Faced with starvation, we began earnestly searching for food. Women and men trekked great distances to search for firewood. Guards constantly enforcing forestry regulations chased them away making their journeys futile. Planting trees to slow down desertification is a difficult task in this terrain. Therefore, the trees successfully planted remain protected by the guards. Cutting them down for firewood exacerbates deforestation, but we have no other option. 

Occasionally, the forest guards steal firewood from us, leaving us with nothing at the end of the day. When we can stock up wood, we sell it for as low as 500 Fran, less that one U.S. dollar. It allows us to buy one kilogram or two pounds of rice. This is how we survive – selling firewood to buy food, digging the roots of felled trees, drying them, and cooking with them. When the rain comes, our access to firewood ends.

Climate refugee dreams of her village, prays for a miracle

On rare occasions, donations like soap and other necessities arrive from The High Commission for Refugees. The International Migration Organization (IOM) visited once, bearing blankets and mats. Yet, it is not enough. Exposed to the elements, I find it hard to sleep at night. Without nets, mosquitos feed on vulnerable children.

During the rainy season, sleep becomes even more impossible, as water pours through leaky roofs. We place buckets everywhere to collect the water and hang our possessions to save them from damage. Damaged by the harsh conditions, the tents no longer offer cover or protection. Even worse, healthcare remains nonexistent. We struggle to get sick people to hospitals when we have no money.

Alima Chari is a female leader at the Maroua IDP (internally displaced people) camp in Cameroon’s Far North Region. | Photo courtesy Leocadia Bongben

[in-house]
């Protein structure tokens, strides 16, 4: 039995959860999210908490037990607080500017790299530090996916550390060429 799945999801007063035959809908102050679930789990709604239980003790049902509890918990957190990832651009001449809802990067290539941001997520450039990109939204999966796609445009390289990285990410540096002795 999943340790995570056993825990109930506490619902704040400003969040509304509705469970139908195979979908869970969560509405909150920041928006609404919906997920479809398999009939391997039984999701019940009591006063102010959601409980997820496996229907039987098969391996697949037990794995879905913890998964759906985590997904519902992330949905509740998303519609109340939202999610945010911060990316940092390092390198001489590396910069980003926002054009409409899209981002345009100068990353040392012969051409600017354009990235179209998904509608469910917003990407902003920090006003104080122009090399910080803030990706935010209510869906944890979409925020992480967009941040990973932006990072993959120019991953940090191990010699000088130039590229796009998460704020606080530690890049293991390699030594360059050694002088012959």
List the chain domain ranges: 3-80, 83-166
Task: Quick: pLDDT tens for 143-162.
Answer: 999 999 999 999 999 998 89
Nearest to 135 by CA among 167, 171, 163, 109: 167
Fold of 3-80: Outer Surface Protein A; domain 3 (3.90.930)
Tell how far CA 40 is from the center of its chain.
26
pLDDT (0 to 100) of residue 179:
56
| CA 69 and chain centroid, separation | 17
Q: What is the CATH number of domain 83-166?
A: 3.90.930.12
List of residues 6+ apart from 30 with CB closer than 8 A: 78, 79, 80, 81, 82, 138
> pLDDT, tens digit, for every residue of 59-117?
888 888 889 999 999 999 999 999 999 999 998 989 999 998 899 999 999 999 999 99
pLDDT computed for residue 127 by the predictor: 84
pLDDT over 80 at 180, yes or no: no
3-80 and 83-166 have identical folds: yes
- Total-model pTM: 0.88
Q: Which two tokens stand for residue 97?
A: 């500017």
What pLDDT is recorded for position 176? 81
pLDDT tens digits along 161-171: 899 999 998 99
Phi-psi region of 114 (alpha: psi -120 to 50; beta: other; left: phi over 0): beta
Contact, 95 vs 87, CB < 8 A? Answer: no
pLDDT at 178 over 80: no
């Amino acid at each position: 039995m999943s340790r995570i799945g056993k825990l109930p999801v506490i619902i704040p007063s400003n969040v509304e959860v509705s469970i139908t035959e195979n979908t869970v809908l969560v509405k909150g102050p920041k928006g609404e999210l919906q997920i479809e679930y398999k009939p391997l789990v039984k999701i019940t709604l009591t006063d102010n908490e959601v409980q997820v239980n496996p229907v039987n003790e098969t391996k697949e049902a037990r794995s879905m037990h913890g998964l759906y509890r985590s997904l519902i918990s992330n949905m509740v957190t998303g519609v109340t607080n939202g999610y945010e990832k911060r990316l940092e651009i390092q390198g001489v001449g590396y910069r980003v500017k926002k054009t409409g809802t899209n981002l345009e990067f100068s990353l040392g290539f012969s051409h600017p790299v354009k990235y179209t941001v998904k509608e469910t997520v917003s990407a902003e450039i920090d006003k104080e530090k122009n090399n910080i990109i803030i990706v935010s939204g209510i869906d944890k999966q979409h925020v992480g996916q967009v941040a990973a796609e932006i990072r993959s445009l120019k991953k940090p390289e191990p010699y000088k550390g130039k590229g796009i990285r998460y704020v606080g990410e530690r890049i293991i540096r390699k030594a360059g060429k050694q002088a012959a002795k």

I struggle every day to understand how once-friendly groups now war with one another; how cordial neighbors turned into aggressors, chasing us away from our homes and setting fire to everything. They stole our valuable including chickens, sheep, cows, and goats. We made it out alive and I feel grateful for my life, but everything I worked for my entire life disappeared.

Without resources or funding, we cannot start businesses. In the midst of powerlessness, all we can do is hold onto hope. We wait for the government to move us to a new, less congested site. As I stare into space, I lose myself in memories of my village. I can hear the echo of children playing and the beauty in the eyes of the animals we once owned. I long to return, but the possibility remains elusive without some divine miracle.

Translation Disclaimer

Translations provided by Orato World Media are intended to result in the end translated document being understandable in the end language. Although every effort is made to ensure our translations are accurate we cannot guarantee the translation will be without errors.